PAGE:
Last Request by Liz Mistry

Last Request by Liz Mistry

December 16, 2019 Off By C.S. O'Cinneide

Liz Mistry has a new fan.

I was already a hard-core devotee of Tartan Noir via Denise Mina (interviewed here at She Kills Lit), but after reading Liz Mistry’s Last Request set in West Yorkshire, I have a whole new geographic subgenre to savour. I’m going to call it Tweed Noir, crime fiction guaranteed to blow your flat cap off.

Last Request is the first in a series featuring Detective Sergeant Nikita Parekh, who lives in Bradford and most definitely never wears tweed, or a flat cap. Nikki is tough, yet intrinsically flawed, sort of like that “diamond in the rough” we keep hearing about. But I wouldn’t want to see anyone polishing her up. As a mother of three, she is damn good at a job she loves, but like many women in this situation she finds her kids often get the wrong end of the career-life balance stick.  I saw a couple of reviews where people had a problem with this. In the words of my Scottish nana, “Quit your wingein’,’” – we need more working mother characters like this where the woman hasn’t figured everything out.  I’m sick to death of the supermom motif, and besides it’s so last millennium.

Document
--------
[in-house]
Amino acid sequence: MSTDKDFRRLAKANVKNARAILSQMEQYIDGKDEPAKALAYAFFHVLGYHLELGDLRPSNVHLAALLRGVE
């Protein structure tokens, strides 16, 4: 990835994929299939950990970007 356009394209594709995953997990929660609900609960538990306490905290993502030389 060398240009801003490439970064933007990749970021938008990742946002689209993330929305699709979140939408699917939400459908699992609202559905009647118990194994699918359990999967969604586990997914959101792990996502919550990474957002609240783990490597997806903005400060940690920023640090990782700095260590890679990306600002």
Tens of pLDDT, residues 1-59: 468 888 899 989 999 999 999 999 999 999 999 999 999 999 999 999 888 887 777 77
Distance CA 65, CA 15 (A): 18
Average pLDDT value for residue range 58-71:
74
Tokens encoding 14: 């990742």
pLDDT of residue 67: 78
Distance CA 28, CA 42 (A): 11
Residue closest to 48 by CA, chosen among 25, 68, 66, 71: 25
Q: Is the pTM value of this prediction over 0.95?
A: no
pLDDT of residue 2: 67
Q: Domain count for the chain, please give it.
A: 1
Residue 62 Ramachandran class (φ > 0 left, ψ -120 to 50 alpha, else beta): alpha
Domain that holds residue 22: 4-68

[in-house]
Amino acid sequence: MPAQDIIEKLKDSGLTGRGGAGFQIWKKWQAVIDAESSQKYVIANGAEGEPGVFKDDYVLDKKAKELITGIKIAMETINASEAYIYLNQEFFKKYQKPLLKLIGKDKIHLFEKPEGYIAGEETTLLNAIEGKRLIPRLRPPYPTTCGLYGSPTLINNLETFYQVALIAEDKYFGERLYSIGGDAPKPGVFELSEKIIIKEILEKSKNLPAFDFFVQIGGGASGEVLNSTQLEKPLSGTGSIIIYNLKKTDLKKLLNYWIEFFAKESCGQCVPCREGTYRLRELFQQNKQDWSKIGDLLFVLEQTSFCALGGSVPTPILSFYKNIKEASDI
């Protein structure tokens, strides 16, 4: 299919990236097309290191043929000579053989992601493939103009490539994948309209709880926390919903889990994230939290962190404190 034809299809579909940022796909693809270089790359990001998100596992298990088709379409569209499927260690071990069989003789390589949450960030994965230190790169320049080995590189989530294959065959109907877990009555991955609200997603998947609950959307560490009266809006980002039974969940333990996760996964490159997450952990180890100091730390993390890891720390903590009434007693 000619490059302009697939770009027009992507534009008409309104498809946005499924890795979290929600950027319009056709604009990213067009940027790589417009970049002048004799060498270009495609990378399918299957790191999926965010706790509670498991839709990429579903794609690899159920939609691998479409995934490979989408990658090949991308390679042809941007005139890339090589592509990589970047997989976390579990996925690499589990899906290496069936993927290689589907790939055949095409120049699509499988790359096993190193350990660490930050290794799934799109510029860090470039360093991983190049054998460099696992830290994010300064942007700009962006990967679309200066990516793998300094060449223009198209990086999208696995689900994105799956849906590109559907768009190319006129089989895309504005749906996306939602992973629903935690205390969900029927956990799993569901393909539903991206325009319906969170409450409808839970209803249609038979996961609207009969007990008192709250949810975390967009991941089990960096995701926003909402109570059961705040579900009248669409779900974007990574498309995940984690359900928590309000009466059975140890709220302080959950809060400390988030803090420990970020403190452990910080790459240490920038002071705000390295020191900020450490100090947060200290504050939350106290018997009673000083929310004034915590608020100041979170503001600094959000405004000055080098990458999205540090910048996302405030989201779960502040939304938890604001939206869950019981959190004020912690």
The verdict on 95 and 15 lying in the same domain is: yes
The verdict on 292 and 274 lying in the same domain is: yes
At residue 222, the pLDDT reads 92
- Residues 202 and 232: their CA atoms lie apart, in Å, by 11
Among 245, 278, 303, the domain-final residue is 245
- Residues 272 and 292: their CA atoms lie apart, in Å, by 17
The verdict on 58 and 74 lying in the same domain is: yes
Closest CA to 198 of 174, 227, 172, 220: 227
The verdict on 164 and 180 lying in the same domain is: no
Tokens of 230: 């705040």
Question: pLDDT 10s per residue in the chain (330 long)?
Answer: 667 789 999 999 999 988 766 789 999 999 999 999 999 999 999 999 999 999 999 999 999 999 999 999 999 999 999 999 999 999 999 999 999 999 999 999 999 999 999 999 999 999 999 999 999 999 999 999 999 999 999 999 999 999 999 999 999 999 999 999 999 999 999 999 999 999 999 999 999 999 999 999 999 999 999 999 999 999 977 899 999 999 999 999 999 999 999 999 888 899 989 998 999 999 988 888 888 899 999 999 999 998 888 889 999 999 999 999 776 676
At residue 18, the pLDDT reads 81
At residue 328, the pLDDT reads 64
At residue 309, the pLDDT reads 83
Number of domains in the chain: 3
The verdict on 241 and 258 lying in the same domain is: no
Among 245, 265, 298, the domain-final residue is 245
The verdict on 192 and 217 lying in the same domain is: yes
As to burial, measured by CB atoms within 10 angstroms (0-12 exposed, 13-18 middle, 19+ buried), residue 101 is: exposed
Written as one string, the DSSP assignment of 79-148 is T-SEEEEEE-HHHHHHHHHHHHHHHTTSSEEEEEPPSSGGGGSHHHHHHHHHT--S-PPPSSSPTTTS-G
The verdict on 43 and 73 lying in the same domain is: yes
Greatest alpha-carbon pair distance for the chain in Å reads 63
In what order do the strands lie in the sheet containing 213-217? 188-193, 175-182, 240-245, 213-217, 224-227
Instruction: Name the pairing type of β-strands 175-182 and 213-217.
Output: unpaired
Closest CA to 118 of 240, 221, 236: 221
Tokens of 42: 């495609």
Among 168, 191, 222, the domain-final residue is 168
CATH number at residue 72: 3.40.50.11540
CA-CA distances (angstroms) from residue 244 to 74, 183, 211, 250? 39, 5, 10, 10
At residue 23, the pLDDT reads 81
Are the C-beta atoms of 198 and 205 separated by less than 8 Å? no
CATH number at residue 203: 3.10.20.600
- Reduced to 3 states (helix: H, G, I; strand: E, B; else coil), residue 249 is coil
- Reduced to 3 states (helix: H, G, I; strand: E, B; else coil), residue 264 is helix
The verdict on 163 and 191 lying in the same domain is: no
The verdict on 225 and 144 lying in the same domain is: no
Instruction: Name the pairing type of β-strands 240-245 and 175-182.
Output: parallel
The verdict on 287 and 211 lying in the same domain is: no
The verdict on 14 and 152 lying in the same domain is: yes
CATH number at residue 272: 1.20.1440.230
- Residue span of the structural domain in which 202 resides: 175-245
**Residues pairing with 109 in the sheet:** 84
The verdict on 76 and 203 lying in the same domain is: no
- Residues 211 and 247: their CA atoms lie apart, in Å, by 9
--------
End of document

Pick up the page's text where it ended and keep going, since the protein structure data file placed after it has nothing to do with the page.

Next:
We also need more characters of colour, or ethnicity or whatever you want to call not writing books about a whole bunch of white people of privilege. Nikki Parekh is neither white nor privileged.  She’s of dual heritage and lives on a housing estate where sleazy punks try to get her nephew to deal molly.  Throughout the book she comes into contact with people of varying cultural backgrounds, sexual preference, and social standing. That makes for a rich human landscape in a novel. But here’s the best part — there’s not one cliché across that panorama. This is what makes this gritty noir particularly scenic, it’s realist painting of a life mosaic that includes more than one view.

Okay, enough of my over-intellectualized musings on sociocultural motifs in crime fiction. If DS Parekh read the last paragraph (or the previous sentence) she would probably deliver a swift backhand while telling me to get to the damn point. And the damn fine point here is that this is a terrific story, exciting and enticing, with well-crafted writing and wonderful characters, including the killer, who we get to hear from periodically in a first-person narrative. Despite having all the clues required, I didn’t guess the identity of the murderer until revealed at the end, and that usually means I was having too much of a rousing romp reading the book.

Tweed Noir. I like the sound of it. Don’t forget to give me credit for this term if it ever catches on. As I’m sure the DS Nikita Parekh series will for Liz Mistry.

To find out more about Last Request and other books by the same author, go to